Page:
Some Indian merchants had realized that these trades were unfair so only sold good furs for what they believed was goo manufactured goods. Though there weren’t disputes between the French and the Indians, land disputes would break out between the Indians over hunting grounds. This trade made for a far less stressful relation between the French and the indigenous people of the ‘New World’. Trade did have its faults for the Indians. Disease brought with the French quickly killed many Natives because they didn’t have any immunes built up.
Combining under one political structure would solve many of the problems and instabilities that they were faced. Corn Laws gave Canadian farmers a market in Britain, which was not available to their American counterparts. Exports were just as valuable to Britain as to Canada. However, when the Corn Laws were repealed by Britain in 1846, the Canadian farmers were now placed in competition with the Americans and other countries for the British markets. This increased stress for the farmers as their main source of income and survival drastically decreased.
Hunter Harper Paper 1 Indians and disease Collin G. Calloway says it is true that disease was a key factor in the depopulation of native Americans in America. Calloway reveals that the European invasion was a great factor of epidemics. The disease they fought were smallpox, diphtheria, measles, bubonic, and pneumonic plaque, cholera, influenza, typhus, dysentery, and yellow fever. The native Americans had a tough time fighting theses diseases due to lack of knowledge of cures. These cures were mostly attempted by plant or herb remedies and often failed to provide protection for the Indian population.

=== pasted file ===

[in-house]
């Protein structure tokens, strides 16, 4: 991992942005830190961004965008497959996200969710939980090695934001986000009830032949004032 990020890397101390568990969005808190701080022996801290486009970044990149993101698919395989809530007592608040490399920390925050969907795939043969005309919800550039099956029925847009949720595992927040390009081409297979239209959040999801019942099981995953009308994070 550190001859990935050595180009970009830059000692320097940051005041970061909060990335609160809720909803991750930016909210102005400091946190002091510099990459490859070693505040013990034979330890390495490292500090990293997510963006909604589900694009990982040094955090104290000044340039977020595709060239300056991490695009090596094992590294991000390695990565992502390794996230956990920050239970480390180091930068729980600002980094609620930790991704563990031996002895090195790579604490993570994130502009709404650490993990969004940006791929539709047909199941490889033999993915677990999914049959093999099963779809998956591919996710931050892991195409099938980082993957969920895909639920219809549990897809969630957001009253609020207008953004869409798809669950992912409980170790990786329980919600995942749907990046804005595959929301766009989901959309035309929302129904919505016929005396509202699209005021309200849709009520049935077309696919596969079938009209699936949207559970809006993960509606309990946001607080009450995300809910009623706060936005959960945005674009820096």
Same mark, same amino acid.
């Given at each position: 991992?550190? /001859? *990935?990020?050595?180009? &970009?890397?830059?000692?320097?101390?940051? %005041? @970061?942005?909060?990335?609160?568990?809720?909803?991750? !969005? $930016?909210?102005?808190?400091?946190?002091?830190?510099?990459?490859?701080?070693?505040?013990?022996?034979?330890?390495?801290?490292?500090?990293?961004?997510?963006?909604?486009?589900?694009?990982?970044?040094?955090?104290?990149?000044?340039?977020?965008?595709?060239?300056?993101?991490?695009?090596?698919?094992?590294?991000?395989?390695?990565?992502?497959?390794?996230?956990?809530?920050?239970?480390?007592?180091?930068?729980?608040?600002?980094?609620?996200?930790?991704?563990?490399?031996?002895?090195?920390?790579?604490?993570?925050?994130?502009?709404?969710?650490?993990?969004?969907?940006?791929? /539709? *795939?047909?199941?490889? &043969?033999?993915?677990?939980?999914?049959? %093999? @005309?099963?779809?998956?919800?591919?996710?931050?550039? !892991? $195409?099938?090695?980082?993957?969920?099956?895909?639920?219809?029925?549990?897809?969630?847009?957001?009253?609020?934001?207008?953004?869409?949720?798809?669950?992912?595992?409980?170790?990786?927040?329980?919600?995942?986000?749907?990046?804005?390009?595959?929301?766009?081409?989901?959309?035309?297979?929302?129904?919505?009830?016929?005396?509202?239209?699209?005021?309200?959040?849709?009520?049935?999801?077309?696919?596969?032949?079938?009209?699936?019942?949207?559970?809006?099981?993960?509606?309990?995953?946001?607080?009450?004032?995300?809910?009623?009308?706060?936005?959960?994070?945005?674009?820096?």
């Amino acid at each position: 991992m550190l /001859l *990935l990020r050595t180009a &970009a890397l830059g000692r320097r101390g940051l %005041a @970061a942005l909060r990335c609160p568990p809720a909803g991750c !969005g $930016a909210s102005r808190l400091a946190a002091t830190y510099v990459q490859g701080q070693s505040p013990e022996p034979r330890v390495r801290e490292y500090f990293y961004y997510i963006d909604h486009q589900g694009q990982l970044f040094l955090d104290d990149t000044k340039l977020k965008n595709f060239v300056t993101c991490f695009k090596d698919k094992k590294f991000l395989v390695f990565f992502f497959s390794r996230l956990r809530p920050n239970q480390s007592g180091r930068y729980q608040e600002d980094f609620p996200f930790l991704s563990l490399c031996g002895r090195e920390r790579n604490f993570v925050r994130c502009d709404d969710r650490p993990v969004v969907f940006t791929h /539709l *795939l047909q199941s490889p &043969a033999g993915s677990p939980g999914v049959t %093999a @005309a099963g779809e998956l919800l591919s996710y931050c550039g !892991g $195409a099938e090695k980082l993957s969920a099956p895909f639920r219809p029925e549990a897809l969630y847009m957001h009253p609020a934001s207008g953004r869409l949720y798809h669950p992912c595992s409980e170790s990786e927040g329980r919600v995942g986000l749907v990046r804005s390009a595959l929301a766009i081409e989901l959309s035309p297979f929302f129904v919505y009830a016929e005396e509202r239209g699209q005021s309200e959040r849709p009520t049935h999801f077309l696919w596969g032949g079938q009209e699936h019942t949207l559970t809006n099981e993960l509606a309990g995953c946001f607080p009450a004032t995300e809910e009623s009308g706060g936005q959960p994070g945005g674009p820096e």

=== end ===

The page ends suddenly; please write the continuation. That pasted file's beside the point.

The Indians did not really differentiate the Europeans and the slaves that they brought with them to the newly discovered lands. The Indians seemed to view them as both as outsiders coming into their territory. The French was the first to settle into Mississippi and with them they brought slaves with them to work the lands. The French settled
Racial ideologies compare and contrast essay Racial ideologies have tremendous impact on the societies, particularly those with mixed races. The practice of racial prejudice and stereotypes changing a society can be seen from 1500-1830 in North America, and of Latin America and the Caribbean. In both regions, the effects of racial ideologies can best be seen in the treatment of natives to the region and of slaves. But, because of the strong influence of different European nations, and their differing standards, contrasting societal effects can be observed depending on who was responsible for the colonization of the region. The idea of European superiority and dominance drove the social structure of the "new world", (consisting mainly of North and Latin Americas and the Caribbean).